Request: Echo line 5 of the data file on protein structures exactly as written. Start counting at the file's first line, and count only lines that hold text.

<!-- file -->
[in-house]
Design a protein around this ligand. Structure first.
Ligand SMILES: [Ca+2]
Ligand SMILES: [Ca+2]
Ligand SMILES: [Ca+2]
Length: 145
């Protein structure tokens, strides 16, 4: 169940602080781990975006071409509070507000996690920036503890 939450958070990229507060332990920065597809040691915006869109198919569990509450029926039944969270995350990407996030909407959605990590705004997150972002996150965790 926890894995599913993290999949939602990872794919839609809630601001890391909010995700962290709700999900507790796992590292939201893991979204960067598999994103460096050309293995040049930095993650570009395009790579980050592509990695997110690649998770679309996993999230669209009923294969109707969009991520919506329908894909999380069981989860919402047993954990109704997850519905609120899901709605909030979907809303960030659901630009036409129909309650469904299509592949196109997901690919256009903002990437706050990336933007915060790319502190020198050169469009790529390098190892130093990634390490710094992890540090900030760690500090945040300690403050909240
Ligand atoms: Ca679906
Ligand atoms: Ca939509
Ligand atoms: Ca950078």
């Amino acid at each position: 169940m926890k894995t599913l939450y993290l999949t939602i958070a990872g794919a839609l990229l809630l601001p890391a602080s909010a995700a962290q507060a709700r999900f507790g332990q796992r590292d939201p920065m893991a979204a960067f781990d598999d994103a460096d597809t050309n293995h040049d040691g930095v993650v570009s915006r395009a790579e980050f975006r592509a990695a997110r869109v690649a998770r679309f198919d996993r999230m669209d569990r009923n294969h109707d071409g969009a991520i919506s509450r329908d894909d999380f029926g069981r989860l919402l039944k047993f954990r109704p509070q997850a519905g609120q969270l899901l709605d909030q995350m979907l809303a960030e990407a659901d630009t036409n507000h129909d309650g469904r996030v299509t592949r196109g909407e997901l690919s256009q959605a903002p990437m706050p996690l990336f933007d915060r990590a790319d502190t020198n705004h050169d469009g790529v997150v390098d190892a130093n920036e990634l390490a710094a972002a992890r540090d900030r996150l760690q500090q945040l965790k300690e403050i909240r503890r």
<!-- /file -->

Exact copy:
Ligand SMILES: [Ca+2]